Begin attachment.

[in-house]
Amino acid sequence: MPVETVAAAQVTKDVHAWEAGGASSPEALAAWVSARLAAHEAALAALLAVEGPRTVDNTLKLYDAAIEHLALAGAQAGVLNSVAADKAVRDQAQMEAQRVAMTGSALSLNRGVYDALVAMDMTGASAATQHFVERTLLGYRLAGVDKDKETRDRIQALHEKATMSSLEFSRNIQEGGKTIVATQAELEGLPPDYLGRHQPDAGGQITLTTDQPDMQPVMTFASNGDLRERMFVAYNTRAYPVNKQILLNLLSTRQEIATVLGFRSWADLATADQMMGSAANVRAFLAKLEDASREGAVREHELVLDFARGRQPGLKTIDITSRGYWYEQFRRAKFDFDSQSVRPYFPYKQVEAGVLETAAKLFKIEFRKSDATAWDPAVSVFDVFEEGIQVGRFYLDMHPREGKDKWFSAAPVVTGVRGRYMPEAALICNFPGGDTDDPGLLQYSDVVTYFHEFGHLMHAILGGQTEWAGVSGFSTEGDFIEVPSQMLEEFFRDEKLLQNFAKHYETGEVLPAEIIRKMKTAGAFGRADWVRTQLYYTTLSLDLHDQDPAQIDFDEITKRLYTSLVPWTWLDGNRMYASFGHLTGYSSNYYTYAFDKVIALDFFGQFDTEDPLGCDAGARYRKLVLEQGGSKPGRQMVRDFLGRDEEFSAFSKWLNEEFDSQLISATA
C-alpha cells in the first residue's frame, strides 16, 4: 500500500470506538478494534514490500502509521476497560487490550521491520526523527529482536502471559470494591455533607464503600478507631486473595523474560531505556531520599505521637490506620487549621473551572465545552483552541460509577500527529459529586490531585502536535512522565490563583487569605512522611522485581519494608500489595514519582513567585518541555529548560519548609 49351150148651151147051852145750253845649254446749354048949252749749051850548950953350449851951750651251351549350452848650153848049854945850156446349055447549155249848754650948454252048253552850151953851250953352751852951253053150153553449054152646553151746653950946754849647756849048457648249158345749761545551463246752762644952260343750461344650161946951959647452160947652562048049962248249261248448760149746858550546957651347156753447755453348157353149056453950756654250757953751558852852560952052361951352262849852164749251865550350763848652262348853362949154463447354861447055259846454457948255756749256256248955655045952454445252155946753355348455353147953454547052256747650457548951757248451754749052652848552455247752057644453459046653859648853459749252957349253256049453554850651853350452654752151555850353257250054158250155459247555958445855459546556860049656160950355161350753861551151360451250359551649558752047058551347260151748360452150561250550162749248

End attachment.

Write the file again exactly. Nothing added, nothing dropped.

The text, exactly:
[in-house]
Amino acid sequence: MPVETVAAAQVTKDVHAWEAGGASSPEALAAWVSARLAAHEAALAALLAVEGPRTVDNTLKLYDAAIEHLALAGAQAGVLNSVAADKAVRDQAQMEAQRVAMTGSALSLNRGVYDALVAMDMTGASAATQHFVERTLLGYRLAGVDKDKETRDRIQALHEKATMSSLEFSRNIQEGGKTIVATQAELEGLPPDYLGRHQPDAGGQITLTTDQPDMQPVMTFASNGDLRERMFVAYNTRAYPVNKQILLNLLSTRQEIATVLGFRSWADLATADQMMGSAANVRAFLAKLEDASREGAVREHELVLDFARGRQPGLKTIDITSRGYWYEQFRRAKFDFDSQSVRPYFPYKQVEAGVLETAAKLFKIEFRKSDATAWDPAVSVFDVFEEGIQVGRFYLDMHPREGKDKWFSAAPVVTGVRGRYMPEAALICNFPGGDTDDPGLLQYSDVVTYFHEFGHLMHAILGGQTEWAGVSGFSTEGDFIEVPSQMLEEFFRDEKLLQNFAKHYETGEVLPAEIIRKMKTAGAFGRADWVRTQLYYTTLSLDLHDQDPAQIDFDEITKRLYTSLVPWTWLDGNRMYASFGHLTGYSSNYYTYAFDKVIALDFFGQFDTEDPLGCDAGARYRKLVLEQGGSKPGRQMVRDFLGRDEEFSAFSKWLNEEFDSQLISATA
C-alpha cells in the first residue's frame, strides 16, 4: 500500500470506538478494534514490500502509521476497560487490550521491520526523527529482536502471559470494591455533607464503600478507631486473595523474560531505556531520599505521637490506620487549621473551572465545552483552541460509577500527529459529586490531585502536535512522565490563583487569605512522611522485581519494608500489595514519582513567585518541555529548560519548609 49351150148651151147051852145750253845649254446749354048949252749749051850548950953350449851951750651251351549350452848650153848049854945850156446349055447549155249848754650948454252048253552850151953851250953352751852951253053150153553449054152646553151746653950946754849647756849048457648249158345749761545551463246752762644952260343750461344650161946951959647452160947652562048049962248249261248448760149746858550546957651347156753447755453348157353149056453950756654250757953751558852852560952052361951352262849852164749251865550350763848652262348853362949154463447354861447055259846454457948255756749256256248955655045952454445252155946753355348455353147953454547052256747650457548951757248451754749052652848552455247752057644453459046653859648853459749252957349253256049453554850651853350452654752151555850353257250054158250155459247555958445855459546556860049656160950355161350753861551151360451250359551649558752047058551347260151748360452150561250550162749248